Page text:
Tiny homes will make up a new neighbourhood in Big Valley, Alberta. This one was built by a New Brunswick home builder.
Photo Credit: CBC

Tiny homes for Big Valley, Alberta


Tiny homes will soon be an option in Alberta. Enough people wanting to downsize to this extent have led to plans for a neighbourhood of the small houses many other Canadians can hardly imagine as more than a playhouse.

The municipality kept getting requests from people wanting to build homes under 700 square feet

Big Valley is 220 kilometres southeast of Edmonton. It is planning a subdivision containing 22 undersized lots measuring 30 feet by 80 feet. An average-size lot in the village is about 50 feet by 120.

Hamilton, Ontario has some tiny homes in the city’s laneways, and is planning on building more. © RCI

“The idea came from someone calling in and asking to put a tiny log cabin in one of our residential districts,” Michelle White, chief administrative officer, said in an interview with CBC Edmonton Radio.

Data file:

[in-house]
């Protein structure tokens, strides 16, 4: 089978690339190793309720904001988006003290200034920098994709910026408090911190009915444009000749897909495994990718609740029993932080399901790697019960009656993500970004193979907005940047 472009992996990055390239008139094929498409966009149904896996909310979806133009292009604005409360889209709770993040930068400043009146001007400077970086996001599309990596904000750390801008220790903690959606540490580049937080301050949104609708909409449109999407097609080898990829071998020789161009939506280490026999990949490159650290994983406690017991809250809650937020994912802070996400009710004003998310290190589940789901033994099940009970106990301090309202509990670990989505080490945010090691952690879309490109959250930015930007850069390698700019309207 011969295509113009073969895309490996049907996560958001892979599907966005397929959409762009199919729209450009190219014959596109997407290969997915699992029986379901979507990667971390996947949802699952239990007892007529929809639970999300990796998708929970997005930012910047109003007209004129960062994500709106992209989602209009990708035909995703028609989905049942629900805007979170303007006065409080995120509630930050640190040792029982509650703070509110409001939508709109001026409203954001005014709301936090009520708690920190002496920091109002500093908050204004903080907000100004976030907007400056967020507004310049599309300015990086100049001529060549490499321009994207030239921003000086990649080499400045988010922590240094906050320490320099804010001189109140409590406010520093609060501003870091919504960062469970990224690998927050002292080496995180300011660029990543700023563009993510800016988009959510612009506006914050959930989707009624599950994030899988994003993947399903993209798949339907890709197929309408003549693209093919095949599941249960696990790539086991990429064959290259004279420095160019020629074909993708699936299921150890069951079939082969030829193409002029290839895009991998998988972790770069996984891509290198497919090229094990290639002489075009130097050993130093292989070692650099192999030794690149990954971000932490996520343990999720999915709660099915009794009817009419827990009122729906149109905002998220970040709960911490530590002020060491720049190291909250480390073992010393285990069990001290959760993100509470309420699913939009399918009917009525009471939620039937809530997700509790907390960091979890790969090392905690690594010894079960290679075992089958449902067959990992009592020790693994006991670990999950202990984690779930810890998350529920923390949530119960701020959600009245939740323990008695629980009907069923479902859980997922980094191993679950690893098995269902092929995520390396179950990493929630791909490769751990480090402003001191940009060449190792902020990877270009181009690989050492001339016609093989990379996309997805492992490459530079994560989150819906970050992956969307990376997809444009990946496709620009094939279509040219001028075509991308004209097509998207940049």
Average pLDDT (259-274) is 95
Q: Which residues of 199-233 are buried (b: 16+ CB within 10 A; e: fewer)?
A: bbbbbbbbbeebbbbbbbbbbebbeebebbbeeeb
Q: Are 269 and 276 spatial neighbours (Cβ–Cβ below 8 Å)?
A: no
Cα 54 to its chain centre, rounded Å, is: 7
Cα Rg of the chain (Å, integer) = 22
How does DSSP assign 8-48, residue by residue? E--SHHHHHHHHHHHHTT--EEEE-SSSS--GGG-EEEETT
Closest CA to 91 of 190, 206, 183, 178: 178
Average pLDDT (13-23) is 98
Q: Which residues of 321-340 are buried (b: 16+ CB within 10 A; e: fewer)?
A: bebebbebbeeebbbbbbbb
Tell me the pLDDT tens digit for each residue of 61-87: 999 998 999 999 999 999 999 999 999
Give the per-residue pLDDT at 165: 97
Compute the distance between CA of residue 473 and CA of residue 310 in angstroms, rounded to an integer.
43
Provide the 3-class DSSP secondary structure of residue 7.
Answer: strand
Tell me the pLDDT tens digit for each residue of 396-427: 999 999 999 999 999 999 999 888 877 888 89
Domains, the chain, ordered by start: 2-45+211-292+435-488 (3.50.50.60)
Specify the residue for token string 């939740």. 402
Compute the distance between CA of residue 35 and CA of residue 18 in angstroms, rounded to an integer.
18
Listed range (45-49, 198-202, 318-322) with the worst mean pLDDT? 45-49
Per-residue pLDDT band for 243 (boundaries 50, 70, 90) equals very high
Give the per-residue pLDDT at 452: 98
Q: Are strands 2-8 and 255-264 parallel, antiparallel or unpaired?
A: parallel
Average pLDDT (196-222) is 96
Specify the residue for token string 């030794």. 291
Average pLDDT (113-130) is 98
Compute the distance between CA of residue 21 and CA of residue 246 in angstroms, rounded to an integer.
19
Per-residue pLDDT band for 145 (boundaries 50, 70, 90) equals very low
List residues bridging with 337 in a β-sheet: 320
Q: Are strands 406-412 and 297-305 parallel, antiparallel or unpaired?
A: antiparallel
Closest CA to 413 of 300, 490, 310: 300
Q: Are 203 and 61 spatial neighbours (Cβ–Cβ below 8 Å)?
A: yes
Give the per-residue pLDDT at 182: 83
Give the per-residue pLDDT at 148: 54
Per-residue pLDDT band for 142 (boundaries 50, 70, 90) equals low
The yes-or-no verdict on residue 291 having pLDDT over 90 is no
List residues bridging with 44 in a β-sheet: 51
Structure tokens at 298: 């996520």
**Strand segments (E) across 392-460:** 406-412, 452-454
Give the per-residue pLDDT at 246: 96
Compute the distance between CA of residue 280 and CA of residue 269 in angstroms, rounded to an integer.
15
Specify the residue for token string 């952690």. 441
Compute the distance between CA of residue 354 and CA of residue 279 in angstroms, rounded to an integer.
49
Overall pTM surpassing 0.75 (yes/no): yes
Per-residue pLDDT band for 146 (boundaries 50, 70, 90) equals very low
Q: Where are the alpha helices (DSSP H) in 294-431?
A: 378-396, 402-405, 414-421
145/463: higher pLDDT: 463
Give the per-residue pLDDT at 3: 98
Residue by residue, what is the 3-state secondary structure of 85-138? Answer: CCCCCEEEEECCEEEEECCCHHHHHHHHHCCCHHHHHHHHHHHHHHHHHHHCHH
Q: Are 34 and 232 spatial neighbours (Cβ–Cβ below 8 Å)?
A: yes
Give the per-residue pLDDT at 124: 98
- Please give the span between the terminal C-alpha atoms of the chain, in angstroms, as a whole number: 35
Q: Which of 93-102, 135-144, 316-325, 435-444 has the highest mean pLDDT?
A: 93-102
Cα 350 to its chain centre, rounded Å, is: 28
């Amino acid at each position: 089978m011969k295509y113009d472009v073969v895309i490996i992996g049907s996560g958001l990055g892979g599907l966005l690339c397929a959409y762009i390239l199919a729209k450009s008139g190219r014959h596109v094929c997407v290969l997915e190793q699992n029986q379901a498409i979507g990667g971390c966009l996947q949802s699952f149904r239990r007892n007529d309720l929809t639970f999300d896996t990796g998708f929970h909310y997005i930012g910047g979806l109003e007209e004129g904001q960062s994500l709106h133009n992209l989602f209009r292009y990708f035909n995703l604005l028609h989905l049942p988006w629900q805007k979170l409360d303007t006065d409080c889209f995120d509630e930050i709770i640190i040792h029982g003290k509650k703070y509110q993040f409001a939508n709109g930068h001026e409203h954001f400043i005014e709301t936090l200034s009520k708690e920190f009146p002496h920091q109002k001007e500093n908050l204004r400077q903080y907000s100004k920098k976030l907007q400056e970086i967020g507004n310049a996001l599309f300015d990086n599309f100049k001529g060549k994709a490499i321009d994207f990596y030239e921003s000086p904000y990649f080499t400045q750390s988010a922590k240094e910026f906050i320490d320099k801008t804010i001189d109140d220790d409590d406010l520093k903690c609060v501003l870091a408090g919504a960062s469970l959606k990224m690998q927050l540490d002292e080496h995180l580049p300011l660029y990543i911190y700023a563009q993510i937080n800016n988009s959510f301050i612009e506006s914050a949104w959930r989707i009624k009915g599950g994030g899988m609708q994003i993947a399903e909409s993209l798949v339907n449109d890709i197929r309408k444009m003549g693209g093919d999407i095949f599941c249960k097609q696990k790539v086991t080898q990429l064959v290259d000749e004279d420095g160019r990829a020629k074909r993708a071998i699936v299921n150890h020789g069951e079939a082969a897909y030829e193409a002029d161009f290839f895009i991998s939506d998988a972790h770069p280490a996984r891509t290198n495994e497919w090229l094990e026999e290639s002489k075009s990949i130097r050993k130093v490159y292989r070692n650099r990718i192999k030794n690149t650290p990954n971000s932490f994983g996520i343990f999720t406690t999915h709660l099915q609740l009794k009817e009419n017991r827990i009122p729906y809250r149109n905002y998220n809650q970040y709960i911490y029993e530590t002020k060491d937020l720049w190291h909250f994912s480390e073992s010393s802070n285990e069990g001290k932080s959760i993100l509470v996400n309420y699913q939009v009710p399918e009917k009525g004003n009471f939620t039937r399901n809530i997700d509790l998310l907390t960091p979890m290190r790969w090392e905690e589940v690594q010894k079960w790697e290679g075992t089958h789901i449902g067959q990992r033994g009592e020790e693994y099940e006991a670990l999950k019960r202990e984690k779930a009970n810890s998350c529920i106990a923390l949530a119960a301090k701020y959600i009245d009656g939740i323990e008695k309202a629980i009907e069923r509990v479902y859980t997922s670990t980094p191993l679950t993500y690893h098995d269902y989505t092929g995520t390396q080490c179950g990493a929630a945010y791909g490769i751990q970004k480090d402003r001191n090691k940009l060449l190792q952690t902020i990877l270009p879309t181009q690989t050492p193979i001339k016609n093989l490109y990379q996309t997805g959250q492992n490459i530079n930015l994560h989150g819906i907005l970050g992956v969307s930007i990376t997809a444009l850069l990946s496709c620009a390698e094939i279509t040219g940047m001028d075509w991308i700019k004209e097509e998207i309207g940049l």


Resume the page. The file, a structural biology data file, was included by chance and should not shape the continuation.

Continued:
“Unfortunately we were not able to accommodate them because of the zoning of the area.”

But the municipality kept getting requests from people wanting to build homes under 700 square feet, most of whom were not Big Valley residents.

White said the village council presumes many who of those who’ve shown interest in the tiny homes are snowbirds, the people who spend winter in the warm southern United States, while maintaining a Canadian address, they can return to during the spring and summer.

So the council decided recently to change the bylaws to accommodate tiny homes in one area.

“Putting them all together in one subdivision will give unity to the area and a community-type feel,” White said.

There are conditions, however; the homes will have to be constructed on permanent foundations, be connected to municipal water and sewer facilities and have hook-ups for gas and power.

Michelle White said they had to go to the U.S. to look into the regulations for tiny home neighbourhoods, as there is not yet a similar model in Canada.

Categories: Economy, Environment, Politics, Society

Do you want to report an error or a typo? Click here!

@*@ Comments

Leave a Reply

Your email address will not be published. Required fields are marked *

 characters available